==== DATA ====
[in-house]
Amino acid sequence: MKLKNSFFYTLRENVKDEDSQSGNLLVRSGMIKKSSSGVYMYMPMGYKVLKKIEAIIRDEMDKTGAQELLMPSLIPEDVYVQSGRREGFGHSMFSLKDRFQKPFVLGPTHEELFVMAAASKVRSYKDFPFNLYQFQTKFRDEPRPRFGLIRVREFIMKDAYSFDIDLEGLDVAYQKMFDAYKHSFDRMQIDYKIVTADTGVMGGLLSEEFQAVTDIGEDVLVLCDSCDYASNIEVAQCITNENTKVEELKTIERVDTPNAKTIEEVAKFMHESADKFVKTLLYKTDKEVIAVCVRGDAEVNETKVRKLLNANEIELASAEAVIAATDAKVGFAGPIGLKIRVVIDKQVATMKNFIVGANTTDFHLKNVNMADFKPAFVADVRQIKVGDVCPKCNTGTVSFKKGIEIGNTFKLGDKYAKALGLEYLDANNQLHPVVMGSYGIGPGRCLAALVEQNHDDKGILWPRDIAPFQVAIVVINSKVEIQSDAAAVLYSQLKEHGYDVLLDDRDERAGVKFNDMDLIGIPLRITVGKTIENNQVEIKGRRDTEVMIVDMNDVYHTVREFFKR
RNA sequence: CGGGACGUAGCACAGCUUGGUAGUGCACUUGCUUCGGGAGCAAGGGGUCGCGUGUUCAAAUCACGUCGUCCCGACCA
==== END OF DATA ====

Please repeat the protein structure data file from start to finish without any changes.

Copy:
[in-house]
Amino acid sequence: MKLKNSFFYTLRENVKDEDSQSGNLLVRSGMIKKSSSGVYMYMPMGYKVLKKIEAIIRDEMDKTGAQELLMPSLIPEDVYVQSGRREGFGHSMFSLKDRFQKPFVLGPTHEELFVMAAASKVRSYKDFPFNLYQFQTKFRDEPRPRFGLIRVREFIMKDAYSFDIDLEGLDVAYQKMFDAYKHSFDRMQIDYKIVTADTGVMGGLLSEEFQAVTDIGEDVLVLCDSCDYASNIEVAQCITNENTKVEELKTIERVDTPNAKTIEEVAKFMHESADKFVKTLLYKTDKEVIAVCVRGDAEVNETKVRKLLNANEIELASAEAVIAATDAKVGFAGPIGLKIRVVIDKQVATMKNFIVGANTTDFHLKNVNMADFKPAFVADVRQIKVGDVCPKCNTGTVSFKKGIEIGNTFKLGDKYAKALGLEYLDANNQLHPVVMGSYGIGPGRCLAALVEQNHDDKGILWPRDIAPFQVAIVVINSKVEIQSDAAAVLYSQLKEHGYDVLLDDRDERAGVKFNDMDLIGIPLRITVGKTIENNQVEIKGRRDTEVMIVDMNDVYHTVREFFKR
RNA sequence: CGGGACGUAGCACAGCUUGGUAGUGCACUUGCUUCGGGAGCAAGGGGUCGCGUGUUCAAAUCACGUCGUCCCGACCA